Jonni Parker is an outstanding, all-around volleyball player who makes dazzling plays for Penn State, but the sophomore star is also a quintessential example of poise and sincerity off the court.
After matches at Rec Hall, Parker is often swarmed by fans of all ages seeking autographs and photo opportunities. The amazing thing about Parker is that she somehow finds a way to make each person she interacts with feel special and genuinely appreciated.
They are the only thing on her mind at that given moment, even though she has a multitude of responsibilities — both academic and athletic — swirling through her head on a daily basis.
Parker has the ability to take over a match offensively on any given night, showcased by her career-high 29 kills against Minnesota last season, but she’s also an extremely versatile player who can pass, block, and carve opponents up with her vicious jump serve. She could even be a great college setter if Gabby Blossom didn’t have that job locked down.
Last season’s Big Ten freshman of the year and a two-time All-Big Ten first team selection already, Parker leads the team in aces with 41 heading into Friday’s Sweet 16 showdown against Cincinnati in Stanford, California. Her 386 kills so far this season also pace the Nittany Lions.
Head coach Russ Rose discussed where the Casstown, Ohio, native has improved the most a few weeks ago before Penn State’s final home stand of the regular season against Wisconsin and Minnesota.
“I think she has a way better awareness of shot selection,” Rose said. “Her responsibility and role is totally different than it was last year. She’s had to carry a different load. She’s had to do different things.”
“I think one of Jonni’s great traits is that she plays really well with other people,” Rose said. “While a lot of players complain about everything, Jonni doesn’t complain about anything.”
Parker is well on her way to another All-American season and has clearly taken on a significant leadership role as one of three captains on this year’s team alongside Blossom and Kristin Krause. Parker said last year’s NCAA tournament, which culminated in a 3-1 loss to eventual national champion Stanford in the Elite Eight, has helped prepare her and the rest of the Nittany Lions for hopefully another deep run.
“I think last year really helped this year’s team a lot, especially being as young as we are,” Parker said. “We’ve had a lot of experience this season and last season and I think it’s prepared us from that standpoint, but also I think this team has grown a lot this year. We’ve overcome a lot of things.”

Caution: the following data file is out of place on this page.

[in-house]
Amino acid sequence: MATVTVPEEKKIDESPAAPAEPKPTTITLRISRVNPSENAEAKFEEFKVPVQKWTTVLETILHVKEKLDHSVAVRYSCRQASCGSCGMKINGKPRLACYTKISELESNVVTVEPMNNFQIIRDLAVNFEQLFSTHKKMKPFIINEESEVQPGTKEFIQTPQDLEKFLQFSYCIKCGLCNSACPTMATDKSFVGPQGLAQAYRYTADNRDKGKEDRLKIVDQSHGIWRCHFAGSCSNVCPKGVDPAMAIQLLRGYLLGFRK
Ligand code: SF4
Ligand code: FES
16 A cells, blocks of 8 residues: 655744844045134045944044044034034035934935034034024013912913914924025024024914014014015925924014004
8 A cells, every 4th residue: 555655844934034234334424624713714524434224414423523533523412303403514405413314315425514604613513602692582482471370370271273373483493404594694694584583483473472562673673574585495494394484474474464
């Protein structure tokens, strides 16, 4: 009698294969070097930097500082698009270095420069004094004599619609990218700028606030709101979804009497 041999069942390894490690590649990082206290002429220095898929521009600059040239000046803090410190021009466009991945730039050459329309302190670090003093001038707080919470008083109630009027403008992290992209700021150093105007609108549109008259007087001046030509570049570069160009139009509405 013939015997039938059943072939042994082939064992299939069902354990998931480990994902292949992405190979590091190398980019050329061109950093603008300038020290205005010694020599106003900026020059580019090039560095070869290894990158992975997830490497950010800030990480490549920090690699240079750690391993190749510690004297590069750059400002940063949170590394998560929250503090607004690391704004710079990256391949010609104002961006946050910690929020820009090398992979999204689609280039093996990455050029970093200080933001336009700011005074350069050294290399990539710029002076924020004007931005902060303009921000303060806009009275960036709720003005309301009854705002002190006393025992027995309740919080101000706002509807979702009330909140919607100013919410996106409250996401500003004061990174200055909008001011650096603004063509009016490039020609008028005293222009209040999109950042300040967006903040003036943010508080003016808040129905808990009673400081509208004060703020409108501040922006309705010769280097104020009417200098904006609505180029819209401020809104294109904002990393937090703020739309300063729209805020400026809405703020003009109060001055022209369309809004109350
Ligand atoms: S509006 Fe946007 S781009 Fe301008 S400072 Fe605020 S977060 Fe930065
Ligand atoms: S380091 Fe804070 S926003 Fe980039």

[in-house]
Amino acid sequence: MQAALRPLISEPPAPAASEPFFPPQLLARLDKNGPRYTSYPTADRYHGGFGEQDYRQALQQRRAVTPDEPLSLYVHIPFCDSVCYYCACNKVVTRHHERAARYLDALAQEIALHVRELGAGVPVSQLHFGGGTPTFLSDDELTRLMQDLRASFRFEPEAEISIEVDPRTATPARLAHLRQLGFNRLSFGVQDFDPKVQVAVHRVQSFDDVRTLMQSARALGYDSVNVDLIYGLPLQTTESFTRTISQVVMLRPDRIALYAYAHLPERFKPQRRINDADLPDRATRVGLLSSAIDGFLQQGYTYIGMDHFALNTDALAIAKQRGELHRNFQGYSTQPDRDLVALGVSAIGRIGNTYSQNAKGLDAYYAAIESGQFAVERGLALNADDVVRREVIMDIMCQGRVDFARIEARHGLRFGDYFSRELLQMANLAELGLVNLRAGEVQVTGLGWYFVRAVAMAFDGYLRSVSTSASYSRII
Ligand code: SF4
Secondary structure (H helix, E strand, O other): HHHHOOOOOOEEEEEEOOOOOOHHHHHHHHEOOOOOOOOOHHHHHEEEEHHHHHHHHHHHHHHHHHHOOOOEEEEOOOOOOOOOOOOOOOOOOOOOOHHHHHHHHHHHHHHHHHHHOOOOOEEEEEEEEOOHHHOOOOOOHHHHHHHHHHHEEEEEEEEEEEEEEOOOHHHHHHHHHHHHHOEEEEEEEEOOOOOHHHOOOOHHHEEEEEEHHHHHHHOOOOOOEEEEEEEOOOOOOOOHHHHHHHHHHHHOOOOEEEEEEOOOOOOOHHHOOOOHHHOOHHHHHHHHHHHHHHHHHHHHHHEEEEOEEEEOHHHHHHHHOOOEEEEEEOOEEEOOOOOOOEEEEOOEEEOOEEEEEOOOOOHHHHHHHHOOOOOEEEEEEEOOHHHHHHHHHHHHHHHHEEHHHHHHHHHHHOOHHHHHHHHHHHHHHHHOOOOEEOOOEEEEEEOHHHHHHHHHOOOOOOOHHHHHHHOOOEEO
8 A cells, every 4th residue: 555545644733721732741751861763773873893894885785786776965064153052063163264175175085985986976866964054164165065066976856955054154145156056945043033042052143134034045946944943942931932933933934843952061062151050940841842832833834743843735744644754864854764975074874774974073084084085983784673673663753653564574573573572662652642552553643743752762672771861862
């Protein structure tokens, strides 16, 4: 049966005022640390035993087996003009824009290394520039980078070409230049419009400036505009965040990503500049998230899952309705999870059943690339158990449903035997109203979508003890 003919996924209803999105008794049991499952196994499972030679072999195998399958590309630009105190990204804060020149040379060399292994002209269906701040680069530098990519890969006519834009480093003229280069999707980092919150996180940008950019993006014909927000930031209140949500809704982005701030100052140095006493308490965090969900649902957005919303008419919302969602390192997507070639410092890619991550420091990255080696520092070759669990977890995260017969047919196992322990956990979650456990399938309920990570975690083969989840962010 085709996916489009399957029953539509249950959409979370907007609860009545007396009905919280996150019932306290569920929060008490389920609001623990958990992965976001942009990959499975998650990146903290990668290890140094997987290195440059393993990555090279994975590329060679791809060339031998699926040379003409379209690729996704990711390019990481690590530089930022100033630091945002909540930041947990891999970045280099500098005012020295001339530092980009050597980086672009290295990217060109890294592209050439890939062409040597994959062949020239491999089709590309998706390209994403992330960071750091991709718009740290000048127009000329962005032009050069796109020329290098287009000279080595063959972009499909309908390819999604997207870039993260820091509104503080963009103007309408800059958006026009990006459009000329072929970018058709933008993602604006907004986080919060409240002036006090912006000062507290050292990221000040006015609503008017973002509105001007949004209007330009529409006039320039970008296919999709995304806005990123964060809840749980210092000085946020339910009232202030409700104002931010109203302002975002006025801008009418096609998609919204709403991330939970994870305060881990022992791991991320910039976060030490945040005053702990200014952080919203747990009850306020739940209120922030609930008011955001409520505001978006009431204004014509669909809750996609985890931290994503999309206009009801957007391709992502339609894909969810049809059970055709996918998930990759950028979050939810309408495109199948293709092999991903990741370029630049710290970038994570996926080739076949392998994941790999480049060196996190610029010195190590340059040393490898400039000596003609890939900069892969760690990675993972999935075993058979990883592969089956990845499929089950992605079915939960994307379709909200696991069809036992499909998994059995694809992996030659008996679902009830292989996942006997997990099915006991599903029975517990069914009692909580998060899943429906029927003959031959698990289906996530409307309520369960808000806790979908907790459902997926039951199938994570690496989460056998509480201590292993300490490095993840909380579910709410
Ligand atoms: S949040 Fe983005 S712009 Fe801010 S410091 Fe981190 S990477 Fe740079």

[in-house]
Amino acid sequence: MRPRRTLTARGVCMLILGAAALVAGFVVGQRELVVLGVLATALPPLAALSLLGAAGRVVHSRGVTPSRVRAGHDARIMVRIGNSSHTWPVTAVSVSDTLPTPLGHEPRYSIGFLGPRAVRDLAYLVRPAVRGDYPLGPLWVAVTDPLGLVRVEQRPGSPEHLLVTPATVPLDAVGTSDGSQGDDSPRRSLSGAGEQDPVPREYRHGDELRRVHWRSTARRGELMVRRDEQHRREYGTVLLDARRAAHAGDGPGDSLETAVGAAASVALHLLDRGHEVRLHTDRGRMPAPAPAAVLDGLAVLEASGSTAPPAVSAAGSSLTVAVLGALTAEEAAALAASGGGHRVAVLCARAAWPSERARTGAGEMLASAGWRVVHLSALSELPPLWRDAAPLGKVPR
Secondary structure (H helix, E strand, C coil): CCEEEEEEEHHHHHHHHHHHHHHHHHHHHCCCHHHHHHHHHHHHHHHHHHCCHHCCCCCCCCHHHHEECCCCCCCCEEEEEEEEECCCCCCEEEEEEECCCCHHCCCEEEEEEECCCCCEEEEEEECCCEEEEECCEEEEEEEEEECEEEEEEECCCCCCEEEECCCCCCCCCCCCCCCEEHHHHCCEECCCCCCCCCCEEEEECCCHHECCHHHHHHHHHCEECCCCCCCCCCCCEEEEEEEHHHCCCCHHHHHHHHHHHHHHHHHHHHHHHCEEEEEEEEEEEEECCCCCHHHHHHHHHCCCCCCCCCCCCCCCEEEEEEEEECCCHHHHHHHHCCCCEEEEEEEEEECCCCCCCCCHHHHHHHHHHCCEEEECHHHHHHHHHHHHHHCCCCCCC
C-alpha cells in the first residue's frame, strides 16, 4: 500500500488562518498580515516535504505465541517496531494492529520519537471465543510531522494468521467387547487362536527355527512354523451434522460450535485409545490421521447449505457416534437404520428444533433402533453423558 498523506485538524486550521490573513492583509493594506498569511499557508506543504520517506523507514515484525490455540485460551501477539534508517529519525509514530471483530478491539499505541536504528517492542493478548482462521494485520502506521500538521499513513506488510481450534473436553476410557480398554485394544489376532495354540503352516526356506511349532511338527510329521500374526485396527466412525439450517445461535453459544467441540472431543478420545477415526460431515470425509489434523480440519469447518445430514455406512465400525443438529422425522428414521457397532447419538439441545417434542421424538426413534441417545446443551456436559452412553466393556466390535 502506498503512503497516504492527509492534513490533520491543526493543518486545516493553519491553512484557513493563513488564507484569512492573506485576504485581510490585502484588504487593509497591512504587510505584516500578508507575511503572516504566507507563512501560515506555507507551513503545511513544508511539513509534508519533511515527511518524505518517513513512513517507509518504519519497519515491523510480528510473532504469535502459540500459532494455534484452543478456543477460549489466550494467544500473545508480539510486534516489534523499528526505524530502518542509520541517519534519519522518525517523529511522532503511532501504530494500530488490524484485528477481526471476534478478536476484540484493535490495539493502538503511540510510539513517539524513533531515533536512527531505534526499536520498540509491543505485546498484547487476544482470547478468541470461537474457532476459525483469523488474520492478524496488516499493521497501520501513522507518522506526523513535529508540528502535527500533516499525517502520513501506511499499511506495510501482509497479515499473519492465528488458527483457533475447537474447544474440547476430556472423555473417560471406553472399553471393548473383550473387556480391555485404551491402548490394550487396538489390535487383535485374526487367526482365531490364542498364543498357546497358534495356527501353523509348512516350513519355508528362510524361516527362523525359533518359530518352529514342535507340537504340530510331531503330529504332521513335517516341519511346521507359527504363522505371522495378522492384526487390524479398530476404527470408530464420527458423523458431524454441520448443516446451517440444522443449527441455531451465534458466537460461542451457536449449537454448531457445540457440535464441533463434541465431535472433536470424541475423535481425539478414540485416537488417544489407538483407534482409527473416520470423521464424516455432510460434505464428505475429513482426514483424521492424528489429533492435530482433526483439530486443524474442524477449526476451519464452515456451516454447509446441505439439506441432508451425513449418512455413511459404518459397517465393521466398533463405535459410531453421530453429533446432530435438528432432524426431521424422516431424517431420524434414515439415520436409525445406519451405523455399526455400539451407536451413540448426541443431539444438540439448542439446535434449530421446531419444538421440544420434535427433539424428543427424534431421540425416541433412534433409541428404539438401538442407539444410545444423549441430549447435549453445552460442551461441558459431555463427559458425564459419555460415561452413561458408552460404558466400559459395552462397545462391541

The 6-foot opposite hitter and education major reflected on what being a leader means to her earlier this season before one of the team’s practices in the South Gym at Rec Hall.
“Being a leader I think, to me, is not only being able to take care of yourself, but more importantly being able to help out your teammates and helping them succeed,” Parker said. “I think it’s really important if maybe I’m not so much having a good game, I can still help my teammates and make sure they’re succeeding.”
Rose has called upon freshman defensive specialist Macall Peed to serve for Parker at times during the season. Rather than head straight to the bench for some rare rest, Parker will often give Peed words of encouragement and make sure she’s ready for what the other team is going to throw at her.
“Sometimes when Macall will come in for me, I’m going to try and help her the best I can and make sure she plays at the potential she can play at. At this point, we have a lot of young people on the floor, but we can’t be afraid to step up and make sure we all take that leadership role.”
Parker, who was club teammates with Kendall White at Munciana (Yorktown, Indiana) prior to Penn State, took a page out of White and Jenna Hampton’s playbook when she flew over the scorer’s table chasing after an errant pass during the second set of last Saturday’s 3-1 win over Towson.
When describing a few of the team’s main strengths this season, Parker immediately shined a light on Penn State’s backcourt, including senior Keeton Holcomb, as well as the standout play of classmates Kaitlyn Hord and Serena Gray.
“Our back-row [players] are killing it right now. Kendall, Keeton, and Jenna are all amazing defensive players,” Parker said. “I think our middles are doing really well and their hitting percentages are up there among the top in the country. I think that gives the team a lot of confidence in our play.”
Tori Gorrell, who is having an excellent season of her own after moving to outside hitter as a redshirt senior, was quick to point out Parker as one of the younger players who has stepped up and is playing beyond her years.
“Obviously Jonni Parker always stands out,” Gorrell said. “She’s such a great person and she’s so mature. She plays like a senior, which is amazing. Her leadership is really awesome.”